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|Judgments - I and Another (A.P.) (Appellants) and Another v. Director of Public Prosecutions (Respondents)
I and Another and Another (A.P.) (Appellants) v Director of Public Prosecutions (Respondents)
HOUSE OF LORDS
Lord Bingham of Cornhill Lord Clyde Lord Hutton Lord Hobhouse of Wood-borough Lord Scott of Foscote
OPINIONS OF THE LORDS OF APPEAL FOR JUDGMENT
IN THE CAUSE
I AND ANOTHER (A.P.)
(APPELLANTS) AND ANOTHER
DIRECTOR OF PUBLIC PROSECUTIONS
(ON APPEAL FROM A DIVISIONAL COUR OF THE QUEEN'S BENCH DIVISION)
I AND ANOTHER AND ANOTHER (A.P.)
DIRECTOR OF PUBLIC PROSECUTIONS
(ON APPEAL FROM A DIVISIONAL COUR OF THE QUEEN'S BENCH DIVISION)
ON 8 MARCH 2001
 UKHL 10
LORD BINGHAM OF CORNHILL
1. I have had the advantage of reading in draft the opinion of my noble and learned friend Lord Hutton. For the reasons which he gives, I would allow these appeals and respond to the certified questions as he proposes.
2. I have had the advantage of reading in draft the opinion of my noble and learned friend Lord Hutton. For the reasons which he gives, I would allow these appeals and respond to the certified questions as he proposes.
3. On the evening of 21 October 1997 the police received an anonymous telephone call that approximately 30 Asian youths armed with sticks were gathering together in Canon Street Road, London E1. A marked police carrier with seven police officers was despatched to Canon Street Road and on arrival there about 6.50 pm the police carrier turned into Bigland Street where there is a block of residential flats called Luke House. The police in the carrier saw 40 to 50 Asian youths milling around in a group on a raised concourse outside Luke House, 8 or 9 of whom were carrying petrol bombs consisting of milk bottles containing petrol with a tissue wick in the mouth. When the police carrier came into view the group immediately dispersed and ran off and no violence was shown towards the police officers. The police pursued some of the group and the three appellants were captured and arrested close to Luke House. Before their capture the three appellants each threw away a petrol bomb which he had been carrying. The appellants were interviewed by the police and in the course of the interviews one of them said that he was a member of a gang called the "Canon Street Boys" who were going to have a fight with another gang called the "Barnado Boys", and the petrol bombs were going to be thrown in the fight.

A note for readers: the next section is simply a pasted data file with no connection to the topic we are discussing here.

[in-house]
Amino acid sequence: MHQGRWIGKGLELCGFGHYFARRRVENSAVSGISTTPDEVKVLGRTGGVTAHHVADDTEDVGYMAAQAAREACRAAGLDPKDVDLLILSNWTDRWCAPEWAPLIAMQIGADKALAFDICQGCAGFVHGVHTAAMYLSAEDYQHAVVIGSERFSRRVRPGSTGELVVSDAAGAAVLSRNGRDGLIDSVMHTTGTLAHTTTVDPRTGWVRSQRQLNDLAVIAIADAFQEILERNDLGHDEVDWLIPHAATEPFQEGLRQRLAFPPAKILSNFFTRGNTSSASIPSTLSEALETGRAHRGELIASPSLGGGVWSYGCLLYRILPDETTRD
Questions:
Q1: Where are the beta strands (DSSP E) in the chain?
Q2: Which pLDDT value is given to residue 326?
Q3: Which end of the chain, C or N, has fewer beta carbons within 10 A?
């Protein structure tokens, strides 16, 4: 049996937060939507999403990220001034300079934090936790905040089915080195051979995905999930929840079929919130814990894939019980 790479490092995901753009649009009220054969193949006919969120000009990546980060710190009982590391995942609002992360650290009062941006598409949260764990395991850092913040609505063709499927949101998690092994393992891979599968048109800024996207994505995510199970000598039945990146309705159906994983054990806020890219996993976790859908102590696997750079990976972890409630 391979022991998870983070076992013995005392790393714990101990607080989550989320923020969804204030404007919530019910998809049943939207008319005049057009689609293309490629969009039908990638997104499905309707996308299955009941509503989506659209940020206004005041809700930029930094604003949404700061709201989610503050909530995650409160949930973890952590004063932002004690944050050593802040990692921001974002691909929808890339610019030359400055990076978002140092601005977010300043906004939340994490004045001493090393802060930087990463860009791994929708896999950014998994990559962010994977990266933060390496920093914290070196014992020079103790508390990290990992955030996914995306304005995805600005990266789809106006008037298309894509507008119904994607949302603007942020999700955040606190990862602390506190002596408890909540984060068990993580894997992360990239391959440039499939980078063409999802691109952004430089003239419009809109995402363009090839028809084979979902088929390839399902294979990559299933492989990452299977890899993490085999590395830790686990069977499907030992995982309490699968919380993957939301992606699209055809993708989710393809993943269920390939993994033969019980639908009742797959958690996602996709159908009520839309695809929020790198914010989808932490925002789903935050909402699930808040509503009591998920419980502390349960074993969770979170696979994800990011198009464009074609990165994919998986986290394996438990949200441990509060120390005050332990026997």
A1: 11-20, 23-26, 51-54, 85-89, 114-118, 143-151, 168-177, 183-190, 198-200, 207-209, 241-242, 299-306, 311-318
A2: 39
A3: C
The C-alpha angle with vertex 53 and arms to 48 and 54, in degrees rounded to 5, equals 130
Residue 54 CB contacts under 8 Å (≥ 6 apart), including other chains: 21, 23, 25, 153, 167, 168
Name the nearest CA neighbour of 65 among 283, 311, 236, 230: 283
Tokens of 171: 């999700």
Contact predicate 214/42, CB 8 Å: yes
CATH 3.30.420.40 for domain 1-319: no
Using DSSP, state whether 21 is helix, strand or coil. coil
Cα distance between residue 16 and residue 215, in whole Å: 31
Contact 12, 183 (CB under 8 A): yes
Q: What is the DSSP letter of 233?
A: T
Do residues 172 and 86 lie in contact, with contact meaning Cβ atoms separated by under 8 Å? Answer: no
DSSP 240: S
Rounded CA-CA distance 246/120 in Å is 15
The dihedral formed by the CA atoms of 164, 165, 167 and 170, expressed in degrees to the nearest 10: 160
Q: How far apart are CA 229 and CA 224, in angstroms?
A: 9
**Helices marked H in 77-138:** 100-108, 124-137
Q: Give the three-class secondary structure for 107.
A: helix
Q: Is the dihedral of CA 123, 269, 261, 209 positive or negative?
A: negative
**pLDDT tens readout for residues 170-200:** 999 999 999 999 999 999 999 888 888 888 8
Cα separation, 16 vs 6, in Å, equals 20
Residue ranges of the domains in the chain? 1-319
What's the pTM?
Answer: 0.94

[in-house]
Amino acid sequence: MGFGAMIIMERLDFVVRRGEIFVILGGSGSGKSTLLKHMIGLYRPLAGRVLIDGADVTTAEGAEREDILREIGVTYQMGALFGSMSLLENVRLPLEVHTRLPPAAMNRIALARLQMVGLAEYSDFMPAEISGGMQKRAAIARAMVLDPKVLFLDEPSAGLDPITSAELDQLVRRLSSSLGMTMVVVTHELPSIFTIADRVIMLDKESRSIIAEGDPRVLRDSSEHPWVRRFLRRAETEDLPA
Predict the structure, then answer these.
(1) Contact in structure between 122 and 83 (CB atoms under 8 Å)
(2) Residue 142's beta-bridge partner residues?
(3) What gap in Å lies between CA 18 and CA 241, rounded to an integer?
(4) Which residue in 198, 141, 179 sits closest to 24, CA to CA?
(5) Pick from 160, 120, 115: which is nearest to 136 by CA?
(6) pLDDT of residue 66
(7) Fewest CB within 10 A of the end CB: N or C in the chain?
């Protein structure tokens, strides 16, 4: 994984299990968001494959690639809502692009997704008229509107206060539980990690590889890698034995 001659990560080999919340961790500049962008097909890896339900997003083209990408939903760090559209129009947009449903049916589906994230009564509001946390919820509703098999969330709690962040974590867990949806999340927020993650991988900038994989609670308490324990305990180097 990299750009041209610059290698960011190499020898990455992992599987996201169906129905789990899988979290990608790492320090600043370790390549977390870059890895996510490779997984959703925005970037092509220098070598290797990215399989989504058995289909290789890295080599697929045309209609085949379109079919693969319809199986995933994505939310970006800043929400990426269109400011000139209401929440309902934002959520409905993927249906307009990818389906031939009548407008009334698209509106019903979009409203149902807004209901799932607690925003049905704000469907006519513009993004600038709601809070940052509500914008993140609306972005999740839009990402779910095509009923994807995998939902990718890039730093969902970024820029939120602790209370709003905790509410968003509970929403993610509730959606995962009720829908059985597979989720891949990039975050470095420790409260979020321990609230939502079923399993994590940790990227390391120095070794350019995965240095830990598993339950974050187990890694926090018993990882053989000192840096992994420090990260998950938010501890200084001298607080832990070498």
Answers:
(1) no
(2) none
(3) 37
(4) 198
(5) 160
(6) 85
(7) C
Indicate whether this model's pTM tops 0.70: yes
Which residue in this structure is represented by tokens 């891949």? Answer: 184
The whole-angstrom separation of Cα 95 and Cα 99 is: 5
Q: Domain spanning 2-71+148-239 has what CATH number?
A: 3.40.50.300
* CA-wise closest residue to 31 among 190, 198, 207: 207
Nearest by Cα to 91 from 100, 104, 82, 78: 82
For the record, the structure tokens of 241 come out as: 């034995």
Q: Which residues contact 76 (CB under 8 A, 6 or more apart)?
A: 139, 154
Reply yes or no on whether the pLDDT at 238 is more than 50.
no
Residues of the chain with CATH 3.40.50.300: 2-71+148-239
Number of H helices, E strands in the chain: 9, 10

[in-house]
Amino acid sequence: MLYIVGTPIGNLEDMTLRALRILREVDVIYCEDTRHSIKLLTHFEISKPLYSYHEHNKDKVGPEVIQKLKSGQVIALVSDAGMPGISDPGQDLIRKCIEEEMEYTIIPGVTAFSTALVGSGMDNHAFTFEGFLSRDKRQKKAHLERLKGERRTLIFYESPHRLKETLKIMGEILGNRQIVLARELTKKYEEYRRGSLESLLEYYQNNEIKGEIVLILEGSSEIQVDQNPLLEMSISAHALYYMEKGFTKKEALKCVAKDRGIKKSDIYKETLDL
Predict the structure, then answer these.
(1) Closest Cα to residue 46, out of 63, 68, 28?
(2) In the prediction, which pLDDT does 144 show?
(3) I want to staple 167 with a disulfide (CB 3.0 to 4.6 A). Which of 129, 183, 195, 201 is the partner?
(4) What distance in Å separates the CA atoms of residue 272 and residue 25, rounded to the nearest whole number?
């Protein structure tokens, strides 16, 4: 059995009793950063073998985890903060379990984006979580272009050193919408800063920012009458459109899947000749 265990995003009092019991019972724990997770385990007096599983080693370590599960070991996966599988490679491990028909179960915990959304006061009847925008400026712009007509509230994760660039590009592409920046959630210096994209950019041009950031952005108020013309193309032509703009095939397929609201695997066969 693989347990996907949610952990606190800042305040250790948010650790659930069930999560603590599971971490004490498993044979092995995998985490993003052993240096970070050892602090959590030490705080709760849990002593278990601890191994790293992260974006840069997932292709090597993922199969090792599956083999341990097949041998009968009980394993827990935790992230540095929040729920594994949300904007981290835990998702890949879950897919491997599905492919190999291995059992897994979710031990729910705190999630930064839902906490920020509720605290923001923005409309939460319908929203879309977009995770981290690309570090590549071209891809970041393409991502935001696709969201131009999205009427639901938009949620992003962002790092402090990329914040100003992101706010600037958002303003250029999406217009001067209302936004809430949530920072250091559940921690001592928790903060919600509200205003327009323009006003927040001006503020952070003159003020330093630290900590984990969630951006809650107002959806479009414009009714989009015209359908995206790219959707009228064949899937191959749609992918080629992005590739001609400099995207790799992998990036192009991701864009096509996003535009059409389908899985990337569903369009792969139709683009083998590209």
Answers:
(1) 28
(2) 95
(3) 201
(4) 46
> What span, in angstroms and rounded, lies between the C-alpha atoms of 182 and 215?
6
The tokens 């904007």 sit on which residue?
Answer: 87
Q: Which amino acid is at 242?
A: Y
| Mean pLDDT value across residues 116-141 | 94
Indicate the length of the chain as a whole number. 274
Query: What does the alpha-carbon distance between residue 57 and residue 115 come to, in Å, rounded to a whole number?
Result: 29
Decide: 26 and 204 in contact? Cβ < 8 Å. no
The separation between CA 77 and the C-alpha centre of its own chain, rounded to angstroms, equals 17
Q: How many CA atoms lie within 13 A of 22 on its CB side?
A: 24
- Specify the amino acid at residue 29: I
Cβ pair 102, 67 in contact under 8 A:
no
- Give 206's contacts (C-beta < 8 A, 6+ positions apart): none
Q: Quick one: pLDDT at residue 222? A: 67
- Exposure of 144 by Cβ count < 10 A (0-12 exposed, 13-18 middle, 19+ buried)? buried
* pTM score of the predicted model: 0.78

4. The appellants were charged with the statutory offence of affray contrary to section 3(1) of the Public Order Act 1986 and were convicted by Mr Justin Philips, a Metropolitan Stipendiary Magistrate, sitting at West London Youth Court on 22 July 1998. The appellants appealed to the Divisional Court by case stated. The three cases stated set out the facts found by the learned Stipendiary Magistrate in identical terms and two of the findings are of particular relevance to the present appeal:
It is also appropriate to set out certain other findings:
The Stipendiary Magistrate stated:
The questions set out in the case stated for the opinion of the Divisional Court were:
In his judgment in the Divisional Court ( 1 Cr App R 251, 254A) Auld LJ reformulated the questions: